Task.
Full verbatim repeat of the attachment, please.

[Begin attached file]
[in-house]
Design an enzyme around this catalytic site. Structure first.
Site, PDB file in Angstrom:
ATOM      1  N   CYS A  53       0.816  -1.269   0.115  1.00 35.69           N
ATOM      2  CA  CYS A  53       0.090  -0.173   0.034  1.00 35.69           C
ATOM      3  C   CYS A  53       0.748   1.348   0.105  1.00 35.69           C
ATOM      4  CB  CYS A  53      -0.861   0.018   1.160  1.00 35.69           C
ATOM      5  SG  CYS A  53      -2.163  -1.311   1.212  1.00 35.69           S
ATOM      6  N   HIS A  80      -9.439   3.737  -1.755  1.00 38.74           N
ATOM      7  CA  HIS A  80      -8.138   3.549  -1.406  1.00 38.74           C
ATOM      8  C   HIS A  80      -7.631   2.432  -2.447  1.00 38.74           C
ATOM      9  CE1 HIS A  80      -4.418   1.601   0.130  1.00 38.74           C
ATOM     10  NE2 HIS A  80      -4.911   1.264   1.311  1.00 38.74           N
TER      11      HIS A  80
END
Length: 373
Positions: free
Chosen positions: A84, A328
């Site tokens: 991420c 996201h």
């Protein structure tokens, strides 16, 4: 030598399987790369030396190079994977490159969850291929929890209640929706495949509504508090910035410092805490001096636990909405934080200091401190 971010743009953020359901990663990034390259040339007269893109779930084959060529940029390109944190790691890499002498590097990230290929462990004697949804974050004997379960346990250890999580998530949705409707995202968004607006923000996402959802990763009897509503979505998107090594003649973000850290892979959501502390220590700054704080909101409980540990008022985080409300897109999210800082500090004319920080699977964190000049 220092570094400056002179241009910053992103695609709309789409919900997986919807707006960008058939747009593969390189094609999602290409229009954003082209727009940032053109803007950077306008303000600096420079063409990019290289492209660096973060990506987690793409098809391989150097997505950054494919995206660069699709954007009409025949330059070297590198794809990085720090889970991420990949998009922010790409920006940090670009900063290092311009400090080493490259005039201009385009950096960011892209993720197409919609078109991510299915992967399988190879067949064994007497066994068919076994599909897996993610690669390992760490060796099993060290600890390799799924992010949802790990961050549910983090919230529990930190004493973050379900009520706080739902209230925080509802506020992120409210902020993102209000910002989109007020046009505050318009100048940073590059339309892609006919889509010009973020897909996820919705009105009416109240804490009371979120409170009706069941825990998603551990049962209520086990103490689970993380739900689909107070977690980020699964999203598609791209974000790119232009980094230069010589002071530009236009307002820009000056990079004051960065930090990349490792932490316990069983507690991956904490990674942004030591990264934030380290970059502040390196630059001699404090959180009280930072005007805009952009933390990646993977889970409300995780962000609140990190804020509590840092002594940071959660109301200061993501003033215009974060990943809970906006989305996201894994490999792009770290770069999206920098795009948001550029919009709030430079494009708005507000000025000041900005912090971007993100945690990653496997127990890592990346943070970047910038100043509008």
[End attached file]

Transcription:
[in-house]
Design an enzyme around this catalytic site. Structure first.
Site, PDB file in Angstrom:
ATOM      1  N   CYS A  53       0.816  -1.269   0.115  1.00 35.69           N
ATOM      2  CA  CYS A  53       0.090  -0.173   0.034  1.00 35.69           C
ATOM      3  C   CYS A  53       0.748   1.348   0.105  1.00 35.69           C
ATOM      4  CB  CYS A  53      -0.861   0.018   1.160  1.00 35.69           C
ATOM      5  SG  CYS A  53      -2.163  -1.311   1.212  1.00 35.69           S
ATOM      6  N   HIS A  80      -9.439   3.737  -1.755  1.00 38.74           N
ATOM      7  CA  HIS A  80      -8.138   3.549  -1.406  1.00 38.74           C
ATOM      8  C   HIS A  80      -7.631   2.432  -2.447  1.00 38.74           C
ATOM      9  CE1 HIS A  80      -4.418   1.601   0.130  1.00 38.74           C
ATOM     10  NE2 HIS A  80      -4.911   1.264   1.311  1.00 38.74           N
TER      11      HIS A  80
END
Length: 373
Positions: free
Chosen positions: A84, A328
């Site tokens: 991420c 996201h």
């Protein structure tokens, strides 16, 4: 030598399987790369030396190079994977490159969850291929929890209640929706495949509504508090910035410092805490001096636990909405934080200091401190 971010743009953020359901990663990034390259040339007269893109779930084959060529940029390109944190790691890499002498590097990230290929462990004697949804974050004997379960346990250890999580998530949705409707995202968004607006923000996402959802990763009897509503979505998107090594003649973000850290892979959501502390220590700054704080909101409980540990008022985080409300897109999210800082500090004319920080699977964190000049 220092570094400056002179241009910053992103695609709309789409919900997986919807707006960008058939747009593969390189094609999602290409229009954003082209727009940032053109803007950077306008303000600096420079063409990019290289492209660096973060990506987690793409098809391989150097997505950054494919995206660069699709954007009409025949330059070297590198794809990085720090889970991420990949998009922010790409920006940090670009900063290092311009400090080493490259005039201009385009950096960011892209993720197409919609078109991510299915992967399988190879067949064994007497066994068919076994599909897996993610690669390992760490060796099993060290600890390799799924992010949802790990961050549910983090919230529990930190004493973050379900009520706080739902209230925080509802506020992120409210902020993102209000910002989109007020046009505050318009100048940073590059339309892609006919889509010009973020897909996820919705009105009416109240804490009371979120409170009706069941825990998603551990049962209520086990103490689970993380739900689909107070977690980020699964999203598609791209974000790119232009980094230069010589002071530009236009307002820009000056990079004051960065930090990349490792932490316990069983507690991956904490990674942004030591990264934030380290970059502040390196630059001699404090959180009280930072005007805009952009933390990646993977889970409300995780962000609140990190804020509590840092002594940071959660109301200061993501003033215009974060990943809970906006989305996201894994490999792009770290770069999206920098795009948001550029919009709030430079494009708005507000000025000041900005912090971007993100945690990653496997127990890592990346943070970047910038100043509008």